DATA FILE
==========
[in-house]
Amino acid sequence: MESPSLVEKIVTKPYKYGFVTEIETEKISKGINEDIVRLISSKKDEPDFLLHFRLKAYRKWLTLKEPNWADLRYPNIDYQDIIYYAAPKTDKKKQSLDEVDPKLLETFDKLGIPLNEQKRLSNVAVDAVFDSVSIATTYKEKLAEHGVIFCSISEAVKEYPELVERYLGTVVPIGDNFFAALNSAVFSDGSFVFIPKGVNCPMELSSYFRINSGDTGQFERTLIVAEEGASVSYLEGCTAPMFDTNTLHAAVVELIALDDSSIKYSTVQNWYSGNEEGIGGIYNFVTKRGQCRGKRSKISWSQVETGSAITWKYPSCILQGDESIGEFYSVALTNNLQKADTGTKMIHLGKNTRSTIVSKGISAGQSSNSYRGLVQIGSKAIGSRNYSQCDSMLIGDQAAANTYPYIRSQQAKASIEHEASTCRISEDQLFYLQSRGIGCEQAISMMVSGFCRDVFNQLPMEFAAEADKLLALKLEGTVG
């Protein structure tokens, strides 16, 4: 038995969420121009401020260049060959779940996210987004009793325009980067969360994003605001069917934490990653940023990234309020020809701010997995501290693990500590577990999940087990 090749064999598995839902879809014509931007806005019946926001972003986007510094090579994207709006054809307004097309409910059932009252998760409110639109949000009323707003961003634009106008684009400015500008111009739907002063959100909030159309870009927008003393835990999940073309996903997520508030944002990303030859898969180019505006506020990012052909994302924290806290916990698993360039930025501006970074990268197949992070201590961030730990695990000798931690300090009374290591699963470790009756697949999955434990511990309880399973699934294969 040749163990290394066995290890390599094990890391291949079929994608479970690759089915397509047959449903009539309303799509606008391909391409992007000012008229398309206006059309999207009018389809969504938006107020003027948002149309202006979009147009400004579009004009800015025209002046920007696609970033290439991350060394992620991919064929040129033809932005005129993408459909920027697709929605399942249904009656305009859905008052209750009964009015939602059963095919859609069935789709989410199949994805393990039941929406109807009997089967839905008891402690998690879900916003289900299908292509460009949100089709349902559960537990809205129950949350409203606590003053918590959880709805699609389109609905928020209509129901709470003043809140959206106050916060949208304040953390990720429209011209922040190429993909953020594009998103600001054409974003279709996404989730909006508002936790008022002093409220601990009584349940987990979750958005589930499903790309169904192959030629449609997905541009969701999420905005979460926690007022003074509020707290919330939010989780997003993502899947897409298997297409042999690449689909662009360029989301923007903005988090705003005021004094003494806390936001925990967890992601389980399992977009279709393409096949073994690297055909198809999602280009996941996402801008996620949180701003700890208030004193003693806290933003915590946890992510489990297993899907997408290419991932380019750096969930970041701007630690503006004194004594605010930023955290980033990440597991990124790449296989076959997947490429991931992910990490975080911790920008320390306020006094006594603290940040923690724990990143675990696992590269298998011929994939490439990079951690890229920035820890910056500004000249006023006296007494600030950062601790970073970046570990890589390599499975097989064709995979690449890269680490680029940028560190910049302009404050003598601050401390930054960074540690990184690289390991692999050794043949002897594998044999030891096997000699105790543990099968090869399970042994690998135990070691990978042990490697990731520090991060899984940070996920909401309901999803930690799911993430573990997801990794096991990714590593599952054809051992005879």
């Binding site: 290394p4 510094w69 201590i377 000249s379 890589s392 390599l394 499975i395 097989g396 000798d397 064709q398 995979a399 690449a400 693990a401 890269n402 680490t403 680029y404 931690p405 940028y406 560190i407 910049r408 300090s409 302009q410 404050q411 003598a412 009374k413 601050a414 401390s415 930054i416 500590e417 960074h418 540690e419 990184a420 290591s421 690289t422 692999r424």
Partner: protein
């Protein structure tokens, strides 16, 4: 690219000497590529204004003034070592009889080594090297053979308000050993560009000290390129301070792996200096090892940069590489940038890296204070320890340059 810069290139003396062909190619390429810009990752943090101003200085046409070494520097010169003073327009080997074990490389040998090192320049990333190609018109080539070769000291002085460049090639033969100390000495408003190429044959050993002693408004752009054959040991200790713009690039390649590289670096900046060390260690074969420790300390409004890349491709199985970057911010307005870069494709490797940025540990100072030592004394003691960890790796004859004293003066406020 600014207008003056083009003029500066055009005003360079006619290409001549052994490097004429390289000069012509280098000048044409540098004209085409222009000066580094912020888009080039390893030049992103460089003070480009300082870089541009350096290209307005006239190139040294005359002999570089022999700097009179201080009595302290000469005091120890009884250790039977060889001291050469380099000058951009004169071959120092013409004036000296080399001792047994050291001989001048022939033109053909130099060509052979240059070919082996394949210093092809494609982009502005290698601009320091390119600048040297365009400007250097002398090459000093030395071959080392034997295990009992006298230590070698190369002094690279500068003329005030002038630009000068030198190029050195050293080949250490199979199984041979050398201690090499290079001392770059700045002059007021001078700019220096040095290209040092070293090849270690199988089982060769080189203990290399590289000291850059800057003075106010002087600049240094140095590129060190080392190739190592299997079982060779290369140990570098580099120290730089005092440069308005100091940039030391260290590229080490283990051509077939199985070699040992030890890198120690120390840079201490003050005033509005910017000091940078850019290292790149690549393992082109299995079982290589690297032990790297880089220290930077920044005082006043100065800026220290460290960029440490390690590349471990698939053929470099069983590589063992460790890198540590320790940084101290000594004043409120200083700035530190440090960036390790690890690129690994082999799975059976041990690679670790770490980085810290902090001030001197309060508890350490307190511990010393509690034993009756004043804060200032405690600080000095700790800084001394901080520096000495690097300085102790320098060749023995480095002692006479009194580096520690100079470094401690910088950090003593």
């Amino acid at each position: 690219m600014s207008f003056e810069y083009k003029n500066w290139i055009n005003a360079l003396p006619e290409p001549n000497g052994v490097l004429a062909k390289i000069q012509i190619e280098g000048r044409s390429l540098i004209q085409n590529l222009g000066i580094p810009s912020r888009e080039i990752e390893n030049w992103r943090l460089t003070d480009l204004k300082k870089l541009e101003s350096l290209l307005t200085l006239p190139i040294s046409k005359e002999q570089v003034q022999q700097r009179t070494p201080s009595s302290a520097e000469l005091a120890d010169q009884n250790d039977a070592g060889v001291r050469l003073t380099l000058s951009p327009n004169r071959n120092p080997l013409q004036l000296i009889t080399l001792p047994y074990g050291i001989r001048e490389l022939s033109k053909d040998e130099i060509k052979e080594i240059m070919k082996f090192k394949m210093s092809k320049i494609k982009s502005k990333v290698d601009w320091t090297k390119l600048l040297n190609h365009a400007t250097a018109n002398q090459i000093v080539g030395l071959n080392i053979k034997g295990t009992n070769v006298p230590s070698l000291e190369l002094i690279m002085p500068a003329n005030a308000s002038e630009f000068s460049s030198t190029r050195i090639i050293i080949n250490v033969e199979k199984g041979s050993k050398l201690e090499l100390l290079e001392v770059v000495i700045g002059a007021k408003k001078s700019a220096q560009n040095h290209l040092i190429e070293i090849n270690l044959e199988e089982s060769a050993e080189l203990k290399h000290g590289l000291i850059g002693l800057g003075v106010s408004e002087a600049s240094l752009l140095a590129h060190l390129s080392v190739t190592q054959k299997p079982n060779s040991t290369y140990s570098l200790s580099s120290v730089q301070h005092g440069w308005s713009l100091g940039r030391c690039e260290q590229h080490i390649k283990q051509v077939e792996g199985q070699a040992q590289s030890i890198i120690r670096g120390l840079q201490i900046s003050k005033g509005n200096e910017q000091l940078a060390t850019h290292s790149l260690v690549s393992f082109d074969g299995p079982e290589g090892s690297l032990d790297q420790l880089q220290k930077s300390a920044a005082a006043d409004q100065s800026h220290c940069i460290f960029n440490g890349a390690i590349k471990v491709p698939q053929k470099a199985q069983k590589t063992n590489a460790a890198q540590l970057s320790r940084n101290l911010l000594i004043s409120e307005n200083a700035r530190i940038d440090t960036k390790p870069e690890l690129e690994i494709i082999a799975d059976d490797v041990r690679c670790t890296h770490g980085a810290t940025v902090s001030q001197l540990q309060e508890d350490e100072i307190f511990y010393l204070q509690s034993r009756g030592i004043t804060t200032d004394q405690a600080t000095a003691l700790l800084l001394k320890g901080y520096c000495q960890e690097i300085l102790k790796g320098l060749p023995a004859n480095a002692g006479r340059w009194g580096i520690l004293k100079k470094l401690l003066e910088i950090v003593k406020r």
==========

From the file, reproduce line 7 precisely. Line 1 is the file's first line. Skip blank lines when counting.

């Amino acid at each position: 690219m600014s207008f003056e810069y083009k003029n500066w290139i055009n005003a360079l003396p006619e290409p001549n000497g052994v490097l004429a062909k390289i000069q012509i190619e280098g000048r044409s390429l540098i004209q085409n590529l222009g000066i580094p810009s912020r888009e080039i990752e390893n030049w992103r943090l460089t003070d480009l204004k300082k870089l541009e101003s350096l290209l307005t200085l006239p190139i040294s046409k005359e002999q570089v003034q022999q700097r009179t070494p201080s009595s302290a520097e000469l005091a120890d010169q009884n250790d039977a070592g060889v001291r050469l003073t380099l000058s951009p327009n004169r071959n120092p080997l013409q004036l000296i009889t080399l001792p047994y074990g050291i001989r001048e490389l022939s033109k053909d040998e130099i060509k052979e080594i240059m070919k082996f090192k394949m210093s092809k320049i494609k982009s502005k990333v290698d601009w320091t090297k390119l600048l040297n190609h365009a400007t250097a018109n002398q090459i000093v080539g030395l071959n080392i053979k034997g295990t009992n070769v006298p230590s070698l000291e190369l002094i690279m002085p500068a003329n005030a308000s002038e630009f000068s460049s030198t190029r050195i090639i050293i080949n250490v033969e199979k199984g041979s050993k050398l201690e090499l100390l290079e001392v770059v000495i700045g002059a007021k408003k001078s700019a220096q560009n040095h290209l040092i190429e070293i090849n270690l044959e199988e089982s060769a050993e080189l203990k290399h000290g590289l000291i850059g002693l800057g003075v106010s408004e002087a600049s240094l752009l140095a590129h060190l390129s080392v190739t190592q054959k299997p079982n060779s040991t290369y140990s570098l200790s580099s120290v730089q301070h005092g440069w308005s713009l100091g940039r030391c690039e260290q590229h080490i390649k283990q051509v077939e792996g199985q070699a040992q590289s030890i890198i120690r670096g120390l840079q201490i900046s003050k005033g509005n200096e910017q000091l940078a060390t850019h290292s790149l260690v690549s393992f082109d074969g299995p079982e290589g090892s690297l032990d790297q420790l880089q220290k930077s300390a920044a005082a006043d409004q100065s800026h220290c940069i460290f960029n440490g890349a390690i590349k471990v491709p698939q053929k470099a199985q069983k590589t063992n590489a460790a890198q540590l970057s320790r940084n101290l911010l000594i004043s409120e307005n200083a700035r530190i940038d440090t960036k390790p870069e690890l690129e690994i494709i082999a799975d059976d490797v041990r690679c670790t890296h770490g980085a810290t940025v902090s001030q001197l540990q309060e508890d350490e100072i307190f511990y010393l204070q509690s034993r009756g030592i004043t804060t200032d004394q405690a600080t000095a003691l700790l800084l001394k320890g901080y520096c000495q960890e690097i300085l102790k790796g320098l060749p023995a004859n480095a002692g006479r340059w009194g580096i520690l004293k100079k470094l401690l003066e910088i950090v003593k406020r």